Yes, Portarlington mussels are better than those prepacked ones that are supposed to be asleep. Decision confirmed, after much deliberation, by a jury of two on a cold winter's night, the event accompanied by a rich, buttery chardonnay with - yes - oak maturation. To cut through the garlic, which makes sauvignon blanc taste like ... oh, you know.
Everyone knows the mussels recipe; I must have posted it at least a half dozen times in the almost-six years I have been writing this blog. However, if you just arrived, it goes like this (if not, go to the next paragraph): buy a kilogram of fresh mussels; de-beard them (this is cosmetic only; the wisps won't kill you if you happen to cook them); warm six very finely chopped cloves of garlic in a little oil, a lot of cracked pepper and a cup or more of white wine; cut up six spring onions; place the mussels into the wine and garlic on high heat; cook them five minutes; scatter in the onions and serve immediately in large bowls with crusty bread to dip in the briny sauce. That's enough for two as a generous main course, or four as a side or entree.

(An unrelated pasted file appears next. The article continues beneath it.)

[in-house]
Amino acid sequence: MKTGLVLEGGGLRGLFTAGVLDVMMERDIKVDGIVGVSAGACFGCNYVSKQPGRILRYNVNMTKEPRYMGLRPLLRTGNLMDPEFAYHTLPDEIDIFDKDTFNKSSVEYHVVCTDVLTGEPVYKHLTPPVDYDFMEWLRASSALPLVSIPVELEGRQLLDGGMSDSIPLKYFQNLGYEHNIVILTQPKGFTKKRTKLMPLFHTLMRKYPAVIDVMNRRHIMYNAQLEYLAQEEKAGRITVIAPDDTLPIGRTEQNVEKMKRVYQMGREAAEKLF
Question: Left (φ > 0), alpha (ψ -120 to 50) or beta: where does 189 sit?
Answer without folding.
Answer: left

This time there was about a cup of fluid left over, full of garlic shards. I was a little heavy-handed on the wine and garlic. Too good to waste (an expression I have been using more and more lately). The following night I heated the fluid through, added a jar of passata, two cans of good tuna in oil and a cup of peas, cooked it for twenty minutes or so and served it over thin, slippery fettucine. Delicious, with a depth of flavour that comes only from good stock.